Five things to watch for when South Korean leader Moon Jae-in meets Chinese President Xi Jinping
Relations between the neighbours have been frosty for over a year, but hopes are high the presidents can melt the ice
South Korean President Moon Jae-in arrived in Beijing on Wednesday morning and observers will be watching closely to see if his four-day visit can help bring about a thaw in diplomatic relations between two of Asia’s largest economies.
Moon made it clear that the aim of his meeting with Chinese President Xi Jinping was to “normalise” ties, which became strained in July last year after Beijing raged over South Korea’s deployment of a US missile system.
Because of their economic strength, a good relationship between the two countries is seen as crucial to maintaining regional peace and stability, but what are the presidents likely to discuss?
The matter of how to curb their restive neighbour’s nuclear weapons programme is likely to top the agenda when Xi and Moon meet on Thursday, according to South Korea’s national security office.
Both countries have a border with North Korea, which just two weeks ago test-fired its most advanced intercontinental ballistic missile yet, raising tensions around the world.
In response to Pyongyang’s actions, South Korea and the United States on Monday staged a large-scale aerial drill, despite Beijing’s repeated calls for the two countries to halt the annual practice to help ease tensions in the region.
While South Korea and China are doubtless keen to get relations back on track, Beijing remains unhappy about Seoul’s decision to deploy the United States’ Terminal High Altitude Area Defence missile system (THAAD).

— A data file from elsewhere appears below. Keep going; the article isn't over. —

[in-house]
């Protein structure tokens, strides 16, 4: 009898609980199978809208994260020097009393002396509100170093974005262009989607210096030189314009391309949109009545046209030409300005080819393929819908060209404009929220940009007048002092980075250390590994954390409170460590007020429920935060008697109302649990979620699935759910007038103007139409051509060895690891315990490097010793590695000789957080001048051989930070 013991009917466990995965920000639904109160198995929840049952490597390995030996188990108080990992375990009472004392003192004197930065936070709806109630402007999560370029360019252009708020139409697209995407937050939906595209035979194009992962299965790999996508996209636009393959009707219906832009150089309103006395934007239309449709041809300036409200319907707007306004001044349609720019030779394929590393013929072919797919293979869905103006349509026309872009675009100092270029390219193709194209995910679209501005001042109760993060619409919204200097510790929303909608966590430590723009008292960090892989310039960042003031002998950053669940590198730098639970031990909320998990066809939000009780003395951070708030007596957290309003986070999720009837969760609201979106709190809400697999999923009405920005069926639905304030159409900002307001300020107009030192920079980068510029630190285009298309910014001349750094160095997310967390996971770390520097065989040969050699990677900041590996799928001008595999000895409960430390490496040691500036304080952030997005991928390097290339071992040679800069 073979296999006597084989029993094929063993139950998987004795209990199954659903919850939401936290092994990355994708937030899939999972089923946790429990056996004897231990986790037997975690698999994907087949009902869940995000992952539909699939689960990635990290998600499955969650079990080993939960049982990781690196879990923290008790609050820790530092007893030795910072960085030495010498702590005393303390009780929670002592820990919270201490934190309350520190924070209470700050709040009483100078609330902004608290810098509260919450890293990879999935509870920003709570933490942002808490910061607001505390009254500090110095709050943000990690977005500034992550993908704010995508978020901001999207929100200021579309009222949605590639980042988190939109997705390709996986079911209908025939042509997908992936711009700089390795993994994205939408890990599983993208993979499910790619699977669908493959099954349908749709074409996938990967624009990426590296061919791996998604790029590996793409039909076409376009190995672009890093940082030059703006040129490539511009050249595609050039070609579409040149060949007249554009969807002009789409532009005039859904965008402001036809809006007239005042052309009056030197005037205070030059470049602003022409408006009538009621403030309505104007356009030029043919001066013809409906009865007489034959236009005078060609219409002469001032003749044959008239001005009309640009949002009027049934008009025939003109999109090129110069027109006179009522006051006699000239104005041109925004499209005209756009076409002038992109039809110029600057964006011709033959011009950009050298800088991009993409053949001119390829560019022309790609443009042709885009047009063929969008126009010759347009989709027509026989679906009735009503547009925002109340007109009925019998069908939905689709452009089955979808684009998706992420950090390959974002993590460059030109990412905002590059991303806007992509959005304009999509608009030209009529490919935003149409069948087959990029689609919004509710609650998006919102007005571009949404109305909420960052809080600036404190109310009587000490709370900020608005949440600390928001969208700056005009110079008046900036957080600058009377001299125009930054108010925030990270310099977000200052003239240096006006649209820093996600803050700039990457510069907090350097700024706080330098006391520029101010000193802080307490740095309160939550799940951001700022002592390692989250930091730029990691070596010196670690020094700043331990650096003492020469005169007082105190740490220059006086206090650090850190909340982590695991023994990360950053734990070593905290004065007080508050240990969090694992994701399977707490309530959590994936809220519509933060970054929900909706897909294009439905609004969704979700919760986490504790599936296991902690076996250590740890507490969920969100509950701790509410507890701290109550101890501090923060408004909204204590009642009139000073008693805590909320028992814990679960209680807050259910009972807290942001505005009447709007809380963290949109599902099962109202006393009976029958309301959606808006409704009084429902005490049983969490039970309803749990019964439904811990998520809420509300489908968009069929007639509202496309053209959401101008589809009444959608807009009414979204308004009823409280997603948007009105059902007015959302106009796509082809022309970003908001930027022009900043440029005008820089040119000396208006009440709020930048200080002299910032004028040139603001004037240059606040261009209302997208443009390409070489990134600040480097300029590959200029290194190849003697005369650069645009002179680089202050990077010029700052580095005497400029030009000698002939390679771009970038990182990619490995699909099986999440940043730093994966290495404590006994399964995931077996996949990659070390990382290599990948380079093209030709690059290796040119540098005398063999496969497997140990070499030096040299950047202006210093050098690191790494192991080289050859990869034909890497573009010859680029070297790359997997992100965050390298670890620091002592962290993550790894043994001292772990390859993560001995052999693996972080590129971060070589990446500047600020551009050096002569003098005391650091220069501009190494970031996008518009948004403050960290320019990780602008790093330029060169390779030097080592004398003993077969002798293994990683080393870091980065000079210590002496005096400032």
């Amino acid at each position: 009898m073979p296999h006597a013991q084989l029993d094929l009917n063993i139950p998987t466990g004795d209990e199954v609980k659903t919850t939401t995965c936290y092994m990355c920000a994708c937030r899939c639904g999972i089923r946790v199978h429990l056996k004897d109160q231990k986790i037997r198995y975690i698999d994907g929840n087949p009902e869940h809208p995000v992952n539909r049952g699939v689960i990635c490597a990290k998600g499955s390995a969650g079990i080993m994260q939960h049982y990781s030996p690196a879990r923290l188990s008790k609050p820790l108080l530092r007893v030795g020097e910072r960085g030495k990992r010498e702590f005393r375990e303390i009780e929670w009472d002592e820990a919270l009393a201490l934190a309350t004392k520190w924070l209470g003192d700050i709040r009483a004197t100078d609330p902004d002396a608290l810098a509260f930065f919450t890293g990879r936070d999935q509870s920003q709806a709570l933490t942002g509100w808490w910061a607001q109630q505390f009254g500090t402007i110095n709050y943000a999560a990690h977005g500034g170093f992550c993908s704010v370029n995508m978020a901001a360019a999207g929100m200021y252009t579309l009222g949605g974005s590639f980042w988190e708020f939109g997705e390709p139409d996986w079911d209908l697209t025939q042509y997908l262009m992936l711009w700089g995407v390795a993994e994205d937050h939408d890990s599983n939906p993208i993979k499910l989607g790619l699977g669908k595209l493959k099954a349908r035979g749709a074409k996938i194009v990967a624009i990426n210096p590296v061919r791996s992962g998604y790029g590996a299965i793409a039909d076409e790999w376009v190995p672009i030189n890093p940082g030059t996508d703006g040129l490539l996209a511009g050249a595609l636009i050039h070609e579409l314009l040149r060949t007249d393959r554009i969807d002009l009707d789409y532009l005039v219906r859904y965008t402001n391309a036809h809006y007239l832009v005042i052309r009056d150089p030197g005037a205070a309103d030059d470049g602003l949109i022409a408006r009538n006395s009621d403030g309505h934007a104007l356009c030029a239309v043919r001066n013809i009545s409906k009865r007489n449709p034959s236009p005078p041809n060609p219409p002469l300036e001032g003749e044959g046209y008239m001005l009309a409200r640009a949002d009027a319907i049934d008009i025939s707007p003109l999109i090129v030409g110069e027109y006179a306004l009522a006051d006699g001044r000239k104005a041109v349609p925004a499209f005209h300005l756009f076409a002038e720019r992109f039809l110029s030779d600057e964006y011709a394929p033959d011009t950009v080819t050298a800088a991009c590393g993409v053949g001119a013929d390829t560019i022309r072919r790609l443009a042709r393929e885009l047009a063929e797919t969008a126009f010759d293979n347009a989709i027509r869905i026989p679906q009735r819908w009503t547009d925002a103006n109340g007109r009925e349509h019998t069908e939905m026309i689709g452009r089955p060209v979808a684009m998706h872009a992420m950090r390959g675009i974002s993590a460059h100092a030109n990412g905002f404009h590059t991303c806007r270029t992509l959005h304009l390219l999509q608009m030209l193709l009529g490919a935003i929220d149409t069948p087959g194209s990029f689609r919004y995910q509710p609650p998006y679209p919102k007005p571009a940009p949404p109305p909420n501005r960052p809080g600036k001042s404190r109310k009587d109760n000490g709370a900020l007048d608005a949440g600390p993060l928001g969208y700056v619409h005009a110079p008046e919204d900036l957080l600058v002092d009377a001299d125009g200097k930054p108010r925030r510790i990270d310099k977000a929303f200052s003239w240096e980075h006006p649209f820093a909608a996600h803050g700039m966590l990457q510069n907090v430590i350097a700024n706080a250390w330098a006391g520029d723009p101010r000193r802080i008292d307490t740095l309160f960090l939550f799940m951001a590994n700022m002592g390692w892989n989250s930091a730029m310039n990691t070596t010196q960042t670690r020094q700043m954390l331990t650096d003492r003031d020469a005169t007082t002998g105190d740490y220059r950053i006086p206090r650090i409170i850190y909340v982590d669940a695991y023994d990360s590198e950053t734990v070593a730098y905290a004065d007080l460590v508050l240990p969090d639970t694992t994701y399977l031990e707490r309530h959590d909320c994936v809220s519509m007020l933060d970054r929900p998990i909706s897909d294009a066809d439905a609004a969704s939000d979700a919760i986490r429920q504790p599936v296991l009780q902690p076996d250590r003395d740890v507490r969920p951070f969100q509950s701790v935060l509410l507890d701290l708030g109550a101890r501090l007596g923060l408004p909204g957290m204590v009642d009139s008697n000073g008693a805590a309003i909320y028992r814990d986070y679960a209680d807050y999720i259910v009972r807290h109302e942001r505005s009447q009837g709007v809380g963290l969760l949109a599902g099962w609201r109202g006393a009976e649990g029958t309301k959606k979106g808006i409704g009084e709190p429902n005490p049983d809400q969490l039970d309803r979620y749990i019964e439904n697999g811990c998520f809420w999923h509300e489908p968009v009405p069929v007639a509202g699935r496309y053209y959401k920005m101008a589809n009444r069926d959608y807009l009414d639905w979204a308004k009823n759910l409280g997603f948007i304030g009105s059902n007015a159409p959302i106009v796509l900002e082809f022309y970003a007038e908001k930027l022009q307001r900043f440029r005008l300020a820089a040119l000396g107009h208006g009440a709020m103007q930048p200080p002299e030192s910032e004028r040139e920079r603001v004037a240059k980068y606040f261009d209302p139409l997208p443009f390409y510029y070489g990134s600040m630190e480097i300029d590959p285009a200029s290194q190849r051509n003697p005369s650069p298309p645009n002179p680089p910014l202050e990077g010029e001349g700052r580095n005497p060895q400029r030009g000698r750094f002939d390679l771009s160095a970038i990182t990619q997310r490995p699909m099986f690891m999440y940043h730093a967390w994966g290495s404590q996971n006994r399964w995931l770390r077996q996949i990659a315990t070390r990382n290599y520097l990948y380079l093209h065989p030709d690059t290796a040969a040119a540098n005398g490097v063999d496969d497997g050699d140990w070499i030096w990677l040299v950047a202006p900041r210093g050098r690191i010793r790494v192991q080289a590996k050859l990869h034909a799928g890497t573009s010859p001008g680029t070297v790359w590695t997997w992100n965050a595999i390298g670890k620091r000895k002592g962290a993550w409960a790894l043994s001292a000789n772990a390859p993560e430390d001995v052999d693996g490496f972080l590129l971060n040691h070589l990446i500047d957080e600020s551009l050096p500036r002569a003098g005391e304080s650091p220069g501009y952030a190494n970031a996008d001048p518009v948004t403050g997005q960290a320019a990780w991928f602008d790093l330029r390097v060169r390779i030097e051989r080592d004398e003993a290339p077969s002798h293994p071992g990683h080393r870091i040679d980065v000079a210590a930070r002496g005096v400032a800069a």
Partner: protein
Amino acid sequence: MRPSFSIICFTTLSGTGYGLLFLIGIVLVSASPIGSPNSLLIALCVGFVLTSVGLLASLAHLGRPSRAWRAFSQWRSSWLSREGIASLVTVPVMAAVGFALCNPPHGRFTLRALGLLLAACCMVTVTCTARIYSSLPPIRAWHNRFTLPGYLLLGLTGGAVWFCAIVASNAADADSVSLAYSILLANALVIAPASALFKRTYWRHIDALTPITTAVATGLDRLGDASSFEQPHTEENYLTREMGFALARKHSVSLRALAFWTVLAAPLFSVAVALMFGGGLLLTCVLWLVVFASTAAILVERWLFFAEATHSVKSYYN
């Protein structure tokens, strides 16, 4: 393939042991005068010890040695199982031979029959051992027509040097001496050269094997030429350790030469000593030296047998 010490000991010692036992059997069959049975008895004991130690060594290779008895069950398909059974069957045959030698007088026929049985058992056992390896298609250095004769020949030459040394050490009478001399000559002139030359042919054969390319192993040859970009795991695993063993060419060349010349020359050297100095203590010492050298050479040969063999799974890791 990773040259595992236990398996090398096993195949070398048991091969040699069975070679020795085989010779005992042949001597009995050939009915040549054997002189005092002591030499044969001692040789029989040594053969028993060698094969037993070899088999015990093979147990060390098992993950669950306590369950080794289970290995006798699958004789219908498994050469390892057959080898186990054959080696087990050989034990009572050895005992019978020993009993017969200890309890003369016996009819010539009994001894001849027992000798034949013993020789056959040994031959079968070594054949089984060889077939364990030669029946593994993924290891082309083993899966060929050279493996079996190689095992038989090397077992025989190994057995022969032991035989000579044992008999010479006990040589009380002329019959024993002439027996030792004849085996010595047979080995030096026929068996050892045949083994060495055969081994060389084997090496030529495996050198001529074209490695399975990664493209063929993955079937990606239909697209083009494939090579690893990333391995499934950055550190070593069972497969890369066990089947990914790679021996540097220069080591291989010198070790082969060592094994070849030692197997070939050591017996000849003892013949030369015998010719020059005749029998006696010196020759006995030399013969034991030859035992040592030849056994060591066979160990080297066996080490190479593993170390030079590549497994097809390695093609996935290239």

South Korea has said the system is designed to provide a defence against a nuclear-armed North Korean, but China has argued that it could be used to spy on its own defence and nuclear deterrent systems.
In June, Moon agreed to suspend any further deployment of the system, but Beijing has demanded a formal promise from Seoul that it will not deploy any more launchers or join a regional US missile defence system.
The disagreement over THAAD led to China imposing a ban on the sale of group tours to South Korea, which in turn resulted in the number of Chinese visitors to the country plummeting.
Online travel company Ctrip said the number of Chinese tourists visiting South Korea over the National Day holiday in October fell 70 per cent from last year. In response, China last month partially lifted its ban on group tours, allowing travel agencies in Beijing and Shandong to sell them under certain conditions.
However, such is the value of inbound tourism to South Korea’s economy – until recently, Chinese tourists accounted for about half of all visitors to the country – Moon is likely to push for a complete lifting of the restrictions.
The THAAD dispute also led to Beijing imposing boycotts on South Korean firms operating in the country, with carmaker Hyundai and conglomerate Lotte among the worst affected.
Despite that, Moon will be accompanied, at least according to South Korean media reports, by a delegation of 220 businesspeople and is expected to seal several new trade deals as he and Xi seek to rebuild trust.
Trilateral summit with Japan
An annual summit between China, Japan and South Korea that was expected to take place in July was cancelled as a result of icy relations between all three countries. While time is almost out for the event to be held this year, hopes are high that Xi and Moon can help to ensure the talks’ resumption in 2018.